This week’s ‘Skim: why marketers and brands should beware of Facebook’s biggest algorithm change in years; LinkedIn fires up an unconventional ad campaign to get people thinking differently about the platform; Facebook unveils major new drive to compete with Amazon Echo devices and Google Home; America’s love-hate relationship with social networks, and which ones they want to see gone forever; why LinkedIn has new competition in Ripple, a professional networking app spinoff from Tinder; the reason leaked Snapchat data paints a dark picture of the app’s future, and why marketers would rather advertise on Instagram; how to create social campaigns that engage and get attention; the new social network dedicated to breaking the echo chamber; and much more…
Skim for a new point of view!
1. Facebook announces biggest algorithm change in years
Over the next few weeks, Facebook is set to implement
10. Neglecting your YouTube channel? Here’s how to grow it.
YouTube can serve as a great platform for tutorials, testimonials, unboxing, and tons of other video content that can help generate leads and facilitate answers to customers’ questions. But how can a brand create video content that works well with YouTube’s algorithm to maximize performance?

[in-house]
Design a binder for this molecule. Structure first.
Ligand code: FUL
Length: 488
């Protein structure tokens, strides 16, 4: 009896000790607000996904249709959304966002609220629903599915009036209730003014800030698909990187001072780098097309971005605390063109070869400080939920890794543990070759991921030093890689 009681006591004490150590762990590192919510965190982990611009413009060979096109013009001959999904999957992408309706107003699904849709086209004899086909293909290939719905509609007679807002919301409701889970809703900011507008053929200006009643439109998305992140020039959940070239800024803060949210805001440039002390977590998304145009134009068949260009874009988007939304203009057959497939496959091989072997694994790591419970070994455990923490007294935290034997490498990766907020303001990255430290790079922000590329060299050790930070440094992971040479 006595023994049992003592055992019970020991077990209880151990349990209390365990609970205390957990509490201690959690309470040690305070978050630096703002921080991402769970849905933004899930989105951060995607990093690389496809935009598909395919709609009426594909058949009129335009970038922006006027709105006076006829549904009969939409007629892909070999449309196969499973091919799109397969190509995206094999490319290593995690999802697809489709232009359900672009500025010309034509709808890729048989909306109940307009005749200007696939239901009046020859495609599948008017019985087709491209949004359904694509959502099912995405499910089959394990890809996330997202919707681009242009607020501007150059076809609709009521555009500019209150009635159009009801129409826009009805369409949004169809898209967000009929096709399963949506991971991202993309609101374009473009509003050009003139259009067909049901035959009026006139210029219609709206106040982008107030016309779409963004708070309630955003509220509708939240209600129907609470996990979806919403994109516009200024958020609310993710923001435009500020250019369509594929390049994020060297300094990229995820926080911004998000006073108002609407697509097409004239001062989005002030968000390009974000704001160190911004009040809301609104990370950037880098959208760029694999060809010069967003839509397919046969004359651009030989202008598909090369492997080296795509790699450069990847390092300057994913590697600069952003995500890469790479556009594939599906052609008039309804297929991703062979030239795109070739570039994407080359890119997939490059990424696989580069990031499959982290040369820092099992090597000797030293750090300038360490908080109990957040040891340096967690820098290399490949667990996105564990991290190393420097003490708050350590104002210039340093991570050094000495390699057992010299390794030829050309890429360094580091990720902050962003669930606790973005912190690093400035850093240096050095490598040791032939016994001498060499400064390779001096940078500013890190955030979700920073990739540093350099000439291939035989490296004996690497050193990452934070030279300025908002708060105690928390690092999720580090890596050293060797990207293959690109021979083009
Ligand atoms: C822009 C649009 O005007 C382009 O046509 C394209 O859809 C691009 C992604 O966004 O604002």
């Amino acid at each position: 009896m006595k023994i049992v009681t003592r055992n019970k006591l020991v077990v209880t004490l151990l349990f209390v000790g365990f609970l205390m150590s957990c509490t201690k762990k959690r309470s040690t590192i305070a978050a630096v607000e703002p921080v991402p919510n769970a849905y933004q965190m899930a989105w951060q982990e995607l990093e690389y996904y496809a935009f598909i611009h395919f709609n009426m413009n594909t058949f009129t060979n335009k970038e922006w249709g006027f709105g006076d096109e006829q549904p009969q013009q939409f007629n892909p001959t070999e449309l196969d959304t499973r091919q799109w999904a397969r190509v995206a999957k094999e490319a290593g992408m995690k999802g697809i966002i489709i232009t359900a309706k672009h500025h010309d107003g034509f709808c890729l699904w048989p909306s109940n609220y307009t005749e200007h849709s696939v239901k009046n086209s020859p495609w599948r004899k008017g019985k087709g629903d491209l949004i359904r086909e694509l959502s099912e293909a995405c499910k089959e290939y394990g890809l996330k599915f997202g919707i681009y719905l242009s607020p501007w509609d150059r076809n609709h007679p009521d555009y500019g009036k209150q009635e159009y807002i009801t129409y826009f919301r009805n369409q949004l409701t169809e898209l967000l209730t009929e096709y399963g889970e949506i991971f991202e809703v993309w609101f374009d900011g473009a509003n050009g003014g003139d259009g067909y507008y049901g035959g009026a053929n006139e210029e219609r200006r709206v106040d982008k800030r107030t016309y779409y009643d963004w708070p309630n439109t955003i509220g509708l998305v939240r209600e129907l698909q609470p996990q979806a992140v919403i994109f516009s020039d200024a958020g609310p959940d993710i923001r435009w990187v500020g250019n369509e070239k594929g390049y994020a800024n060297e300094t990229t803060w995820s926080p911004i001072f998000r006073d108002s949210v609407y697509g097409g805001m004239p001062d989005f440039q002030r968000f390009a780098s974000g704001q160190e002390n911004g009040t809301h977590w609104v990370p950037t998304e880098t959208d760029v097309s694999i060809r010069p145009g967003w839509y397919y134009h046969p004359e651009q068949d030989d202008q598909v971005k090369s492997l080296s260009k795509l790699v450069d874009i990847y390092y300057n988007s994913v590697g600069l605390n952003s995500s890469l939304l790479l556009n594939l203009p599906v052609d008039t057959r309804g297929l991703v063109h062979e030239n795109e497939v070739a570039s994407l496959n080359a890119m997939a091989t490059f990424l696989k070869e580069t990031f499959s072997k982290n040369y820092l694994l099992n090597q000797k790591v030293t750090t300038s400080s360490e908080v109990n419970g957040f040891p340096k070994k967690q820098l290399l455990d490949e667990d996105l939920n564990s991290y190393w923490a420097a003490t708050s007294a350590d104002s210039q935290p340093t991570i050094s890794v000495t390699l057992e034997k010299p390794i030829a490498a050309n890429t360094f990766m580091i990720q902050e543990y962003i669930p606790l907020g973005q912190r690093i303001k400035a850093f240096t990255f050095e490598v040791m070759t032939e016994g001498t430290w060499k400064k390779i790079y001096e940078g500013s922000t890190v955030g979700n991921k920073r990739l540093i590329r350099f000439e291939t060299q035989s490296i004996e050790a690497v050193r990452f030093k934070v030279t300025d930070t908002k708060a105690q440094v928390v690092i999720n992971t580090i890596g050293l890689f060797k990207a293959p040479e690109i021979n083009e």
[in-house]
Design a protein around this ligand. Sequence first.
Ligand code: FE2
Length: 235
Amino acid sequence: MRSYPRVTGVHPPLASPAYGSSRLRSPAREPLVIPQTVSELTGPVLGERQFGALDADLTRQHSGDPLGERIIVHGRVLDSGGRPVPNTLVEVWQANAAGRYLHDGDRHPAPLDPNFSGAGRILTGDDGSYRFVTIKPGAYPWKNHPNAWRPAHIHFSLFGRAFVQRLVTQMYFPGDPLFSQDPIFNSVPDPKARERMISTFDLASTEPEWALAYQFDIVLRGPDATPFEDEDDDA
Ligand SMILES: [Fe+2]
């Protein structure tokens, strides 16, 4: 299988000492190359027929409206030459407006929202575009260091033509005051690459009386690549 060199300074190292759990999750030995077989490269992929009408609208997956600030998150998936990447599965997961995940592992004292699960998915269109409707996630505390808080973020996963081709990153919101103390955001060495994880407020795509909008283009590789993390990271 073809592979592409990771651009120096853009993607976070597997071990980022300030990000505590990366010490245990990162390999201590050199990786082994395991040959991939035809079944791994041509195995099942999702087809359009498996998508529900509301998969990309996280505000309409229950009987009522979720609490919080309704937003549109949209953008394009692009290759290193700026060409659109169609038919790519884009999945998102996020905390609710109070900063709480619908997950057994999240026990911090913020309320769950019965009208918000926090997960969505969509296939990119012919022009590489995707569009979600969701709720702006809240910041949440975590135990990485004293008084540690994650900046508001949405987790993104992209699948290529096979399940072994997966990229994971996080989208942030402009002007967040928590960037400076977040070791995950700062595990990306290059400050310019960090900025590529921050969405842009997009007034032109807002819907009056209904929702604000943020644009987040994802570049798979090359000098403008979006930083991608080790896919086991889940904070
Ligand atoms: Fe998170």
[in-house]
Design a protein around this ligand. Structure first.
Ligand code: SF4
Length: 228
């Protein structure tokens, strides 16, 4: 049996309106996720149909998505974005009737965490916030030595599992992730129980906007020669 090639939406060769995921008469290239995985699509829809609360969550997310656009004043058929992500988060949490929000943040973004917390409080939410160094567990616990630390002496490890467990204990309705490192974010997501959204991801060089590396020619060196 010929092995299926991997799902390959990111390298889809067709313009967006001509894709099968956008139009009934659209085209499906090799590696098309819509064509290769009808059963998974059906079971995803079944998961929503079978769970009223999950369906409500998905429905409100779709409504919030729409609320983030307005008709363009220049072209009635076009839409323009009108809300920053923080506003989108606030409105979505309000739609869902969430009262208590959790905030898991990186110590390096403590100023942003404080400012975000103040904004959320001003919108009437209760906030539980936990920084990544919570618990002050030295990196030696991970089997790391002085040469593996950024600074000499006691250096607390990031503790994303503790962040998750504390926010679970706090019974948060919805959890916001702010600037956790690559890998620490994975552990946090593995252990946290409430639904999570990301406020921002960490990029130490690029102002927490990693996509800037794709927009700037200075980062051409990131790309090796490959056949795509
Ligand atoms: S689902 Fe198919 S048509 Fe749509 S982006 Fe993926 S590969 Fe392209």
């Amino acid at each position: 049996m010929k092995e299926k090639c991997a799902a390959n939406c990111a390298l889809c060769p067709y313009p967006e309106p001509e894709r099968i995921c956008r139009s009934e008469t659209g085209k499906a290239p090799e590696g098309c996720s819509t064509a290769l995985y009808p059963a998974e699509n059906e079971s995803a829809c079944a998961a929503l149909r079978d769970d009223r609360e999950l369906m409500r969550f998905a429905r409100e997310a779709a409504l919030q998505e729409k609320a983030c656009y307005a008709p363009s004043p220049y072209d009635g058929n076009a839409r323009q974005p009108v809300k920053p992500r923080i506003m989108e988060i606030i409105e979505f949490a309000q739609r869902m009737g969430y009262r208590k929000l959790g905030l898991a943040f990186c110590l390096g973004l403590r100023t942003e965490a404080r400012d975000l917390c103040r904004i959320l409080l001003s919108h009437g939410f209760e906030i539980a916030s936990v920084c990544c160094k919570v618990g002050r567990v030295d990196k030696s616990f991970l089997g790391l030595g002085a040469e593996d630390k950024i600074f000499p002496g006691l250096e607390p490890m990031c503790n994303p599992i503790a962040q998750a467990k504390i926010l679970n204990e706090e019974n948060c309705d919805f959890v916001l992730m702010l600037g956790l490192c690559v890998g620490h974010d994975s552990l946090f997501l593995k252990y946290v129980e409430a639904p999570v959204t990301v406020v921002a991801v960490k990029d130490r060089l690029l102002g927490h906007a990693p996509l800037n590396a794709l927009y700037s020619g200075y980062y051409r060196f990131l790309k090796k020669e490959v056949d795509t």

It’s not just enough to post videos multiple times per week, so Social Media Examiner has 15 top tactics for growing a YouTube channel.
Find out how you can begin videos with an interesting hook, why you should keep opening and closing credits short, tips to create attractive thumbnails, the best way to design a three-pronged content mix, how to use end screens to drive traffic, and much more.
11. We’ll wrap with the app dedicated to breaking the echo chamber that is social media
In 2017 we heard lots of chatter about fake news, online abuse, and the fact that social media can often serve as an echo chamber in which we surround ourselves with people who think like us. Micgoat, a new social app dedicated to opposing viewpoints and facilitating cordial debate, hopes to change all that. It launched in the App Store last week
The app asks users to submit short, debate-format videos of themselves defending their positions on anything ranging from Net Neutrality to the merits of a basic universal income. Thanks to users’ not being able to hide behind anonymous text, and needing to tie a Facebook profile to their accounts, so far the app reports that abuse hasn’t been a problem.
That’s more than a positive step in the right direction, if you ask us.
Let’s block ads! (Why?)